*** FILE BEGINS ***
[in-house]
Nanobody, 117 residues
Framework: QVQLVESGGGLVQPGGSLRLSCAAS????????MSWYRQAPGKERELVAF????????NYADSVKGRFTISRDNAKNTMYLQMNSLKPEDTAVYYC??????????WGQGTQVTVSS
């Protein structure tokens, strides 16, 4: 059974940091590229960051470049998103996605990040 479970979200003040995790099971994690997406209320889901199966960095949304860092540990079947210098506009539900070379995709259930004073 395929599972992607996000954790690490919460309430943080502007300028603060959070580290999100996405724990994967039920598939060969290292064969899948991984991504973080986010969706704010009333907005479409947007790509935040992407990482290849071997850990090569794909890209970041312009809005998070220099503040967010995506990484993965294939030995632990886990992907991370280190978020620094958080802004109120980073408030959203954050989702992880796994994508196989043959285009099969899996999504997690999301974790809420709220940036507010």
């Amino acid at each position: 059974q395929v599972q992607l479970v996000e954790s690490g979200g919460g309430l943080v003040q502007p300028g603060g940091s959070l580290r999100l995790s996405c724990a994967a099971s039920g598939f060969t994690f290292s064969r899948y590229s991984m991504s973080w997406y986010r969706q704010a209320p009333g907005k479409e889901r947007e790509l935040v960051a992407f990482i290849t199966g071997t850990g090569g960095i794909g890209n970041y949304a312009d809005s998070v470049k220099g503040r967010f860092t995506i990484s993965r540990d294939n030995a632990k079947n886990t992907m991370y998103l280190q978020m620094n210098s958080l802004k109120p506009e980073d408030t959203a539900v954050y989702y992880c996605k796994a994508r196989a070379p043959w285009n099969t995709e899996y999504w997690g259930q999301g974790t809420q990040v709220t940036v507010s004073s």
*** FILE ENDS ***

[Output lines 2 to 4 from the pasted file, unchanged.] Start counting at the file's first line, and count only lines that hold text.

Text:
Nanobody, 117 residues
Framework: QVQLVESGGGLVQPGGSLRLSCAAS????????MSWYRQAPGKERELVAF????????NYADSVKGRFTISRDNAKNTMYLQMNSLKPEDTAVYYC??????????WGQGTQVTVSS
């Protein structure tokens, strides 16, 4: 059974940091590229960051470049998103996605990040 479970979200003040995790099971994690997406209320889901199966960095949304860092540990079947210098506009539900070379995709259930004073 395929599972992607996000954790690490919460309430943080502007300028603060959070580290999100996405724990994967039920598939060969290292064969899948991984991504973080986010969706704010009333907005479409947007790509935040992407990482290849071997850990090569794909890209970041312009809005998070220099503040967010995506990484993965294939030995632990886990992907991370280190978020620094958080802004109120980073408030959203954050989702992880796994994508196989043959285009099969899996999504997690999301974790809420709220940036507010």